Of course, most series aren’t written in one go (although it is becoming more common, in independent publishing, to hold off releasing books until at least the first three in a series are completed). George RR Martin’s Song Of Ice And Fire is still unfinished, and Robert Jordan’s The Wheel Of Time, initially only conceived as a six-book series, eventually stretched to fourteen, with the final few being written by Brandon Sanderson after Jordan’s death. It’s hard to see how these series could have been planned out in their entirety in any detail.

This can make writing later books in a series harder‌—‌all those open loops have to be closed, and done so in a way that feels natural. Also, stuff in later books shouldn’t contradict what happened earlier. Yes, it is possible to change earlier books and produce new editions (which Tolkien did with The Hobbit, once he understood how it complemented the larger story of The Lord Of The Rings), but this is time-consuming, and disappoints readers of the original versions.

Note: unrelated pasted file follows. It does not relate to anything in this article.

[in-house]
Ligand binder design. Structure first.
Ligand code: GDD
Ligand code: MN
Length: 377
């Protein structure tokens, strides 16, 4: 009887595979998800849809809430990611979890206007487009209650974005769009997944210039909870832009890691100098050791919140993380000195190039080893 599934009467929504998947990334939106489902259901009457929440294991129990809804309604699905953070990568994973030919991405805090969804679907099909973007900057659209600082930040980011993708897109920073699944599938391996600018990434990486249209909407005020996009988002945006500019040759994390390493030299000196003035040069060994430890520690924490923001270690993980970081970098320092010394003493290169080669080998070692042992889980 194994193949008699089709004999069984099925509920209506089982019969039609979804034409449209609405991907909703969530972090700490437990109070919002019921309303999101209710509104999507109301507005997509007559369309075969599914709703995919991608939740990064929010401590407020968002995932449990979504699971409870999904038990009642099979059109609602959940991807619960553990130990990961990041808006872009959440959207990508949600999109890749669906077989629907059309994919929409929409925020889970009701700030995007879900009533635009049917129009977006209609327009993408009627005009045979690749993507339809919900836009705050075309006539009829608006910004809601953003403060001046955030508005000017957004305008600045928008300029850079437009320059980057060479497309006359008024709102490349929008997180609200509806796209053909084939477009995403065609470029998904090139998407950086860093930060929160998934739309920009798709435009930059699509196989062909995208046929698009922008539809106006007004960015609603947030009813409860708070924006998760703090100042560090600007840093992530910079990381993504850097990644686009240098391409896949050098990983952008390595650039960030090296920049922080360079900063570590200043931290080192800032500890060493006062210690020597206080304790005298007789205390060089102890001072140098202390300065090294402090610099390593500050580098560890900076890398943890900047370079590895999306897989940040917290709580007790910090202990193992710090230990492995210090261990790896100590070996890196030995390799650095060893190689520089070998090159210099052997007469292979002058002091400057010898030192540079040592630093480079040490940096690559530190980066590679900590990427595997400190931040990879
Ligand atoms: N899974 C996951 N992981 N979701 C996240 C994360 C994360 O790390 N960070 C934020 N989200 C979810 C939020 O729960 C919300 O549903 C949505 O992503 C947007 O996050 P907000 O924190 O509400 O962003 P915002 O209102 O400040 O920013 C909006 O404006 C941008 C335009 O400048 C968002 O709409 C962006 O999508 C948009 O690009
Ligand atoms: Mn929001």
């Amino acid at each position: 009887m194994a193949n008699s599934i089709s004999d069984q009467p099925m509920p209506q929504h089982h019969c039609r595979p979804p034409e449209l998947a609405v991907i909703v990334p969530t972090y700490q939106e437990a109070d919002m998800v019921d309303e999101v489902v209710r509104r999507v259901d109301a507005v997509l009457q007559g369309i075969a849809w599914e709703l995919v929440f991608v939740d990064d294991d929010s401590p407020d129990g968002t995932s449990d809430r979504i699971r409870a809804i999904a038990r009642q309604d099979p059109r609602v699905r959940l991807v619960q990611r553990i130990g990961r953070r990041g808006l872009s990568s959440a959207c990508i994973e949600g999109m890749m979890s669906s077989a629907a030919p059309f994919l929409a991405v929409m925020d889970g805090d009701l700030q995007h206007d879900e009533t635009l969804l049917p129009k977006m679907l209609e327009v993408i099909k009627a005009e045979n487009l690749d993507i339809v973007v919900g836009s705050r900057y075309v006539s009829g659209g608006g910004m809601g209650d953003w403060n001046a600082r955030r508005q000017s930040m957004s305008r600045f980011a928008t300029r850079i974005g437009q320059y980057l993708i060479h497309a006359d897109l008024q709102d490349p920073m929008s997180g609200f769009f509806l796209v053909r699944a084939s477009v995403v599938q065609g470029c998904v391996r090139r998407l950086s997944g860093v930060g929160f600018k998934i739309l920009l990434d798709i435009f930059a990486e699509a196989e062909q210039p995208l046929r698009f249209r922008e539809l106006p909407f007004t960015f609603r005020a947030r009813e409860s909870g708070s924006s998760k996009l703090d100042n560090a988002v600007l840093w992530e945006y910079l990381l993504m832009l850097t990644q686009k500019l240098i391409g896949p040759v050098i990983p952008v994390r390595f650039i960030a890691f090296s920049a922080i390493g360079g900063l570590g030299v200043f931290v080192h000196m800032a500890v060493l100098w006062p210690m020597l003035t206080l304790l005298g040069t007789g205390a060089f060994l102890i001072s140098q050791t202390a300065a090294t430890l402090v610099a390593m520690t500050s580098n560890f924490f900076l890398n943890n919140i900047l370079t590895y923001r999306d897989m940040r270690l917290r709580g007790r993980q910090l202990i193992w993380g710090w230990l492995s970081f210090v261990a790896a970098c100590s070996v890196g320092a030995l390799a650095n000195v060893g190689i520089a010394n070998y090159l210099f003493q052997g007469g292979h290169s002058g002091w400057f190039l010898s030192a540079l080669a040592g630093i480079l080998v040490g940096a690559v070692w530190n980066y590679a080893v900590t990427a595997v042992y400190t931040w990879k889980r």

YesterdaysGone_SeanPlattDavidWrightWriting a series is hard‌—‌which makes ones that work even more impressive. So maybe I should be a bit more forgiving about cliff-hangers. After all, I enjoyed Platt & Wright’s first foray into fiction, the serialised Tomorrow’s Gone, where every ‘episode’ ended on a cliffhanger.

But Tomorrow’s Gone was structurally based on old TV shows, with episodes that formed seasons, and the complete story told over six seasons. They started with a very ‘throw everything out there’ idea, trusting themselves to bring the story together later. But (I believe) the final three seasons were planned in advance, so even though each episode ended on a cliffhanger, the writers knew exactly where the story was going.